The photo at the bottom of the page is my patient modelling their harnesses. You can see there appears to be no restriction on the shoulder joints and leg movement. The collar part is adjustable and secure and the caudal loop is too.
However read the article at the end.
Safety- there are many instances when dogs have slipped out of harnesses and escaped some with tragic consequences. Anyone using a harness MUST ensure it fits snugly and there is no chance of the dog getting out of it. This also applies to collars. A collar should be secure and no risk of breaking open. The general rule is that no more than two fingers can be fitted between the dogs and collar.
A wider collar is generally more comfortable so at least 2 cm in width. Check the safety record of the collar before buying and make sure it is strong enough.
If you have a dog who is nervous of going to the veterinary surgery it is essential they wear a collar. You will have more control in this situation and find it easier to reassure your dog as you will have a closer connection. This also follows if you have a dog who is aggressive as it is very difficult for the vet to examine a dog on a harness where the dog is unable to be restrained.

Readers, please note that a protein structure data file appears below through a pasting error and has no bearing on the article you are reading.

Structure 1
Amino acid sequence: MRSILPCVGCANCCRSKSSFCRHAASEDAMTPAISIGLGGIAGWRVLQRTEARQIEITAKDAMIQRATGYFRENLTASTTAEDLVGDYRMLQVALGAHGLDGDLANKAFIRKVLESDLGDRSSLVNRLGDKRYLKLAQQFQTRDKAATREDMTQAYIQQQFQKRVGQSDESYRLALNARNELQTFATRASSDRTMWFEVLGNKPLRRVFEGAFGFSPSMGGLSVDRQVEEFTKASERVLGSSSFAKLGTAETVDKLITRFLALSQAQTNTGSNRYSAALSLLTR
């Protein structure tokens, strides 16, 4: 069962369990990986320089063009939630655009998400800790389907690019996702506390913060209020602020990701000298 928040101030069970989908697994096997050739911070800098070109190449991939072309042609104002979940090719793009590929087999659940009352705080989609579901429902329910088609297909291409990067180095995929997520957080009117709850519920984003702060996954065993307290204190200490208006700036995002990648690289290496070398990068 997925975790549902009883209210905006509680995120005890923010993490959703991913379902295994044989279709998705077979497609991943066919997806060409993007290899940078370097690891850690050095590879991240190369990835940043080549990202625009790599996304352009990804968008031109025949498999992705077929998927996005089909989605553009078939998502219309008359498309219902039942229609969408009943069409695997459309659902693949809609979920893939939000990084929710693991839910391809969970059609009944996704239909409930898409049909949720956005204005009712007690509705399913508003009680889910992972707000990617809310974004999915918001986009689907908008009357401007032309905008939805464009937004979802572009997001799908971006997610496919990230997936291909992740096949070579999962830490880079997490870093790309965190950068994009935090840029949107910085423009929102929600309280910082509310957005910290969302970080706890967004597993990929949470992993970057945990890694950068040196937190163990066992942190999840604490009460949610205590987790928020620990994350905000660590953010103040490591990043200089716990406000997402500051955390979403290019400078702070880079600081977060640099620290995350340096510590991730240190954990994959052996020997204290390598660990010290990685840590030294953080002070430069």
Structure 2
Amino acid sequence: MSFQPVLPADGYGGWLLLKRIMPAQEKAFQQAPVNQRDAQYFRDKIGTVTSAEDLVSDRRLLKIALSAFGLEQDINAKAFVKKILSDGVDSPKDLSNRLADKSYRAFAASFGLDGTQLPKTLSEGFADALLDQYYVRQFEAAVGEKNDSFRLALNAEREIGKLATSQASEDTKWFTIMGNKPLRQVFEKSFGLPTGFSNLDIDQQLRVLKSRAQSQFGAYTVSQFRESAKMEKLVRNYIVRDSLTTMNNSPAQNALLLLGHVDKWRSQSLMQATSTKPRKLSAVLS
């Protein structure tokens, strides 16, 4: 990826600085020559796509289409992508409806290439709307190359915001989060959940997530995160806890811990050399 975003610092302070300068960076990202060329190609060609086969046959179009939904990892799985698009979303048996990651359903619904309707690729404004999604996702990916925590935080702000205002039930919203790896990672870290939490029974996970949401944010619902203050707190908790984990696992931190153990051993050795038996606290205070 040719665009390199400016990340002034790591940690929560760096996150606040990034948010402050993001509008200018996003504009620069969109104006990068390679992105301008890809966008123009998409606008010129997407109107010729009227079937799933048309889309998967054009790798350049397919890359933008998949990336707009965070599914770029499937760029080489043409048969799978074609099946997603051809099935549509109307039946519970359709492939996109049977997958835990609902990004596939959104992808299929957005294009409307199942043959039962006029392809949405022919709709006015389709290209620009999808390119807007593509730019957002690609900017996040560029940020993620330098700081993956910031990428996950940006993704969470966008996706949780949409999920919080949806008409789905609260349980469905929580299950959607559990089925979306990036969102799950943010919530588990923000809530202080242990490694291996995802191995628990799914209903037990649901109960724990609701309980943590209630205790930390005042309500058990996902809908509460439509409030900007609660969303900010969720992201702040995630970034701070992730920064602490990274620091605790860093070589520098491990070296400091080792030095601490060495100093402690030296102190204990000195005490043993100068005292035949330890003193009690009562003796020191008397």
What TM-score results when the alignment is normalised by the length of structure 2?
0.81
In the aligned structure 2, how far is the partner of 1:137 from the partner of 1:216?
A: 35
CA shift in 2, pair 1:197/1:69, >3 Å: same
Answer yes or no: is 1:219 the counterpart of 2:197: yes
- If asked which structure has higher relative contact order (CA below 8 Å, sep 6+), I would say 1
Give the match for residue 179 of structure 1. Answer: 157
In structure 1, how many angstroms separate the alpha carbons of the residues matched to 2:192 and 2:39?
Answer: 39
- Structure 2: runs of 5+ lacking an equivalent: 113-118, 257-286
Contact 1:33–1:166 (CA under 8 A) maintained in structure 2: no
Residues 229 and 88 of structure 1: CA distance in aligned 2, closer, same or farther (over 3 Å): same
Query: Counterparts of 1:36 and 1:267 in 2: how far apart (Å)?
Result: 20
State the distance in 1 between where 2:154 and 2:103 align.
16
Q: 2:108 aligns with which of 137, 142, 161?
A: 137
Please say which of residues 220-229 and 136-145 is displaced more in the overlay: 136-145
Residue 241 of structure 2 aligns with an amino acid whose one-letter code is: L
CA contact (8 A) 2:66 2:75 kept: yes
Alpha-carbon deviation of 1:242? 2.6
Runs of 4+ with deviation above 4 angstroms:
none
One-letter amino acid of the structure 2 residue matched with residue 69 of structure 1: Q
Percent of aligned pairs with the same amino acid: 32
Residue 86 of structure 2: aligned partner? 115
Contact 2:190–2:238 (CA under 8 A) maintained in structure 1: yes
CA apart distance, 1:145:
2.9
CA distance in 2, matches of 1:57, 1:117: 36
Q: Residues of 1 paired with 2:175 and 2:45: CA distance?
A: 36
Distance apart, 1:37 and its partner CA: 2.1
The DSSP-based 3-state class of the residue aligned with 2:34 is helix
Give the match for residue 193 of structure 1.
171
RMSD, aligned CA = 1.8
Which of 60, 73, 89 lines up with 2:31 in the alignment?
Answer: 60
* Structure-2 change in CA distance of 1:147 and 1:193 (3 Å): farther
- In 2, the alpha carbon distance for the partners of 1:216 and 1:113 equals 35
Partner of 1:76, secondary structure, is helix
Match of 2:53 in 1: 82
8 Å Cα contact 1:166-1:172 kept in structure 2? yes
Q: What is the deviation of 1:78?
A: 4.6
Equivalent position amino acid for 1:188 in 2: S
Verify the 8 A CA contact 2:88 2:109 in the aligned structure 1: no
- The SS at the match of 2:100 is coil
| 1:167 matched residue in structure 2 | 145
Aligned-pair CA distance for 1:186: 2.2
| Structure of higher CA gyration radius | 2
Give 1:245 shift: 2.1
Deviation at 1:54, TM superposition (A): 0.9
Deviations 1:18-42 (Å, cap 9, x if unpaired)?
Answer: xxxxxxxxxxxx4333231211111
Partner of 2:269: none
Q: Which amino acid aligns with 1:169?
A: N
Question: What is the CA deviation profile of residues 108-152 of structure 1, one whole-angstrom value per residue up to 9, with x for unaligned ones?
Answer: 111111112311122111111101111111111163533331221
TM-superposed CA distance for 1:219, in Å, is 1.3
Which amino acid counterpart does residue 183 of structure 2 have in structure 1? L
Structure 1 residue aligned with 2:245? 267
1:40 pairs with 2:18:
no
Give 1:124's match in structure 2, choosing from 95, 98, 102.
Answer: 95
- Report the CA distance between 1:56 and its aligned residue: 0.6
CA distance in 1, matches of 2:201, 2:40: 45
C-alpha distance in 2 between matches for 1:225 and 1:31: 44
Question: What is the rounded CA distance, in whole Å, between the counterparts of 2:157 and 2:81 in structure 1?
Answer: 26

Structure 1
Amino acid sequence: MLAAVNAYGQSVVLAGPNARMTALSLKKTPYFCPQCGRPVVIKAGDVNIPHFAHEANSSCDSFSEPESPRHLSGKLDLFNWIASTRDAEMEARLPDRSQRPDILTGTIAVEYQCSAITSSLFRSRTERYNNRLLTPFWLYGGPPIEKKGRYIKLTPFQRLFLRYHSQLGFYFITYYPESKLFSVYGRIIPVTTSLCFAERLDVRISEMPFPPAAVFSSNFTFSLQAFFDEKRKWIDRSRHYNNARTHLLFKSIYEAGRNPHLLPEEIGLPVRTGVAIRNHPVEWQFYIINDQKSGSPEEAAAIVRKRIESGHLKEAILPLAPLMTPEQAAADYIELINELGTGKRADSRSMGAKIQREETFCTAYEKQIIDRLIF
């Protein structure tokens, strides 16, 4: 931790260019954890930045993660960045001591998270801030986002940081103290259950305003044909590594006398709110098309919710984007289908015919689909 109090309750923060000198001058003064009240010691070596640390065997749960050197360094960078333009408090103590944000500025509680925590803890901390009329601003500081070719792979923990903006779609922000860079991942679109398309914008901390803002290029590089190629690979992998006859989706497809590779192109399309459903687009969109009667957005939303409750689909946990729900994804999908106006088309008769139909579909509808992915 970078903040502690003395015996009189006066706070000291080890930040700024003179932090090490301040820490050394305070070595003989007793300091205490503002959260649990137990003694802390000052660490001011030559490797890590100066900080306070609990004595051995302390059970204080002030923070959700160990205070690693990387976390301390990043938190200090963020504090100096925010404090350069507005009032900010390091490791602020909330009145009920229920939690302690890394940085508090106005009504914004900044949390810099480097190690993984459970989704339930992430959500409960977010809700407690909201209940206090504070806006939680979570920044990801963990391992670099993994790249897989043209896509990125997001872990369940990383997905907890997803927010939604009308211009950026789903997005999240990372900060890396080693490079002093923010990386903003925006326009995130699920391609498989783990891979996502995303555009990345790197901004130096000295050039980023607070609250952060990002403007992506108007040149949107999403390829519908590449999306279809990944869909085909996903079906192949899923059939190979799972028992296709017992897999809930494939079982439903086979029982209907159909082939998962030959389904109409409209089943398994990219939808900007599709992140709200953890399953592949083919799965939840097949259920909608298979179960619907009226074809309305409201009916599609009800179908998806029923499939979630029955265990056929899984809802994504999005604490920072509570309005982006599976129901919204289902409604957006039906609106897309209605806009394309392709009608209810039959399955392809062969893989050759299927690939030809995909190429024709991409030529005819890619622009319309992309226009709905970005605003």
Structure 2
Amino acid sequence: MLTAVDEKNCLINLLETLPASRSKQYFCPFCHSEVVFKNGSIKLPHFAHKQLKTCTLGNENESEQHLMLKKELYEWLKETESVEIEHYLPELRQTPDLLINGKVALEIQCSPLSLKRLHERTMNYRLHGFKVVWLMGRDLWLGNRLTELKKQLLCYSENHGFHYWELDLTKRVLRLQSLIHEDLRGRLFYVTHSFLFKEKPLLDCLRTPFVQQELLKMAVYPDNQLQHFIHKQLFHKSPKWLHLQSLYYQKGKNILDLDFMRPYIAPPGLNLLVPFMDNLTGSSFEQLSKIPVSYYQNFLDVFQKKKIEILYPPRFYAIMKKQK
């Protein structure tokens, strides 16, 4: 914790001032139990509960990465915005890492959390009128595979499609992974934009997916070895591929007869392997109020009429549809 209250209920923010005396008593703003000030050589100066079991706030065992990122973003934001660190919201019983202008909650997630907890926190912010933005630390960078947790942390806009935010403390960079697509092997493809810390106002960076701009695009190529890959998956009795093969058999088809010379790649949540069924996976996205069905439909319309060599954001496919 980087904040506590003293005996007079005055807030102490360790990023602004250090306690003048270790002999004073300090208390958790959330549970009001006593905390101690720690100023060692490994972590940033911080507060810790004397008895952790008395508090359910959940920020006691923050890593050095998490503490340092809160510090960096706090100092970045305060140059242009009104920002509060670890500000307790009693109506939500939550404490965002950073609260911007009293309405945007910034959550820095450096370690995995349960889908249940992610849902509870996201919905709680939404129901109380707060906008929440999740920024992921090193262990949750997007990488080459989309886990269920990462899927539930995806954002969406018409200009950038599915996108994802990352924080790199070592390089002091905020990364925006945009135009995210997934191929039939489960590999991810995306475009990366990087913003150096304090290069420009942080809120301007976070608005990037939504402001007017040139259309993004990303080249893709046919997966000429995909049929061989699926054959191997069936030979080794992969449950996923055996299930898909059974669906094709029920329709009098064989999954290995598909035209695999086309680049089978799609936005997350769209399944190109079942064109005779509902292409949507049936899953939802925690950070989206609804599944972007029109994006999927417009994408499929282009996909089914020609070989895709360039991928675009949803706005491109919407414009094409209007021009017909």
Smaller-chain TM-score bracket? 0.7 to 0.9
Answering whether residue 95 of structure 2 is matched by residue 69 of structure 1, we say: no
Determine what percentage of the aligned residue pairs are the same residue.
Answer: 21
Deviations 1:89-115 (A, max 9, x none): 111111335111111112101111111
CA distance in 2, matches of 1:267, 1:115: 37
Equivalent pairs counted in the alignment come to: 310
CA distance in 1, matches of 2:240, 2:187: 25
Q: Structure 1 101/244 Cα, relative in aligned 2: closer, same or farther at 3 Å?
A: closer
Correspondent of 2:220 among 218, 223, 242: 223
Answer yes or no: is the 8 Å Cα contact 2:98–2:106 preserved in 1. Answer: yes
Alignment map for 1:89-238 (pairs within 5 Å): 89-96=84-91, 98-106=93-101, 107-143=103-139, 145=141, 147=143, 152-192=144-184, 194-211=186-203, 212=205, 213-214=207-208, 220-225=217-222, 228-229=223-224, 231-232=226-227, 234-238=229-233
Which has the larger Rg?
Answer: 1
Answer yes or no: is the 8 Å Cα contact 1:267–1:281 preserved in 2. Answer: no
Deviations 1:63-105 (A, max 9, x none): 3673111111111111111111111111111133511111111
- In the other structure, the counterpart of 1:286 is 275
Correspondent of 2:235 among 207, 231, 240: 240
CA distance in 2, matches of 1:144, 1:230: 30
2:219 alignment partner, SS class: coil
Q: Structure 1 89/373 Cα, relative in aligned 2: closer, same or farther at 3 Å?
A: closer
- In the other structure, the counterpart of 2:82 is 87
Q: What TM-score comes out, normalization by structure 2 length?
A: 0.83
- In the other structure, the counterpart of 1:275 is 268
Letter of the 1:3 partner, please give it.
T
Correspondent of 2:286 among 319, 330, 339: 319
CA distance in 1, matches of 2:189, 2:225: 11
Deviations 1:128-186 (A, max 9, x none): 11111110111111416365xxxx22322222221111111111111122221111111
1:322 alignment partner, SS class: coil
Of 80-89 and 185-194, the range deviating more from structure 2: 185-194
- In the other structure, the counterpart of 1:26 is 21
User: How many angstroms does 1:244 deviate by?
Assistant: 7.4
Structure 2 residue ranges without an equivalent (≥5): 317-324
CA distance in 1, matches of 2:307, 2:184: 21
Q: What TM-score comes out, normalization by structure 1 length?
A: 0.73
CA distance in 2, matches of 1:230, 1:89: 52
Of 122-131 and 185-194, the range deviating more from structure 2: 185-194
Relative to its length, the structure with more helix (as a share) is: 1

Any beagle who is dog or people reactive will be more inclined to lunge if they wear a harness. If you have a dog who is like this, maybe a rescue, teach them to walk quietly on a collar and sit down when they see a stressful situation and be rewarded with a treat.
The article below looked at the extension of the shoulder joint in restrictive and non restrictive harnesses and found both reduced the amount of extension of this joint and in fact harnesses promoted as non restrictive appeared to be worse. This is a peer reviewed scientific study published in the Veterinary Record a UK based Journal and really suggests that the use of harnesses should be viewed with caution in normal dogs with no medical condition. The Canine Sports website is well worth reading as there are several articles on there from scientific studies.
Sam Goldberg, BVSc BSc(Hons) MRCVS
Beagle Health Co-ordinator
email Sally Kimber: email@example.com Telephone: 01474 814796